Exmoor Ponies at Cochno

Exmoor ponies introduced to Cochno Farm to investigate genetics and impacts on ecosystem health 

picture of  two Exmoor ponies A herd of Exmoor ponies, an ancient breed classified as endangered by the Rare Breeds Survival Trust, were introduced to the University of Glasgow’s Cochno Farm in November 2020. The four mares, one accompanied by her 2020 foal, and a stallion are being used in research into Exmoor pony conservation and rewilding, the subject of Debbie Davy’s PhD, which is funded by the Exmoor Pony Society as part of their centenary celebrations.  
This collaborative project is supervised by Professors Barbara Mable and Jason Matthiopoulos from the Institute of Biodiversity, Animal Health and Comparative Medicine. Dr Marcello Riggio, from the Dental School, will be using the ponies in his research on relationships between microbial communities and animal health.
Following a severe genetic bottleneck after the Second World War, the current Exmoor pony population is descended from fewer than fifty foundation animals. Their selective grazing habits have led to their widespread use as conservation grazers on many sites in Britain and Europe, where they are believed to help control invasive plant species, improve biodiversity and contribute to the overall health of the ecosystems they inhabit.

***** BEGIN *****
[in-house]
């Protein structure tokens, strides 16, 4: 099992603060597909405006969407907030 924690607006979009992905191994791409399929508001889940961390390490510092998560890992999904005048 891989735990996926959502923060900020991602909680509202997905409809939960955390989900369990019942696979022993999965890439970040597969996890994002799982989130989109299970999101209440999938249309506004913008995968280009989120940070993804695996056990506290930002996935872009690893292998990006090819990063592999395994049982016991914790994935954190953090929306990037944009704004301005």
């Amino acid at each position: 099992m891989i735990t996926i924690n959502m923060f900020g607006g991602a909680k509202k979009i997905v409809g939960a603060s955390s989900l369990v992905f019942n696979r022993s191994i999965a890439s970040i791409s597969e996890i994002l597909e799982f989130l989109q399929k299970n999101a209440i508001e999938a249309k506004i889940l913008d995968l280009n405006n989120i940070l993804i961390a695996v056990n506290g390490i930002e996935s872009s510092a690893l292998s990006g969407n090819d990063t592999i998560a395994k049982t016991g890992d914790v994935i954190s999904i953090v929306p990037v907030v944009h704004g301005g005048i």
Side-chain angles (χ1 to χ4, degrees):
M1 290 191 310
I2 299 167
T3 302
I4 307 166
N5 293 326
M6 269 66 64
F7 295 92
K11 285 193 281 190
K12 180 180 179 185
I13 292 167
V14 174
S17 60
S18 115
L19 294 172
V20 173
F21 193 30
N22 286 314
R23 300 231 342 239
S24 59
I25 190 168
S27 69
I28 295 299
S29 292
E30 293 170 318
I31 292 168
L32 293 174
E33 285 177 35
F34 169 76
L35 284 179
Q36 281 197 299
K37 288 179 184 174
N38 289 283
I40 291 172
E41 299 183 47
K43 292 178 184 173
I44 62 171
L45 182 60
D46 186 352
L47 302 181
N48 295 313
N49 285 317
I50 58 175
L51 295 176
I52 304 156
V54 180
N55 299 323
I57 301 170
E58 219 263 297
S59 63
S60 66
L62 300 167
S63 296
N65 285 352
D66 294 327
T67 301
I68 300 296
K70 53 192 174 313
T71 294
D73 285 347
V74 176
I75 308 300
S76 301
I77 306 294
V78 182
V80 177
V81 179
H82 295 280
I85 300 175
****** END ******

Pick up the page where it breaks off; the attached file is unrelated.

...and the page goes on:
Debbie has been breeding Exmoor ponies in the Highlands since 1982 but designed this project to investigate whether considering genetic variation could improve breeding management practices and to quantify impacts of pony grazing on habitat quality and plant diversity.  This rewilding project is particularly timely at the start of the United Nations Decade on Ecological Restoration (https://www.decadeonrestoration.org/). 
Since their arrival the ponies have been attracting lots of positive attention from Cochno visitors and the herd is now being used in other student projects. The first Exmoor foal born at Cochno, a filly, arrived on 17th April, with a second making her appearance on 27th May. They are both growing and developing well. Their names will be chosen from a list of suggestions offered by staff and students and they will be registered with the Exmoor Pony Society, valuable new additions to the endangered Exmoor pony population

 

(All Photos are by MSc student Lea Gillbert who is working with the ponies)

 


First published: 18 August 2021

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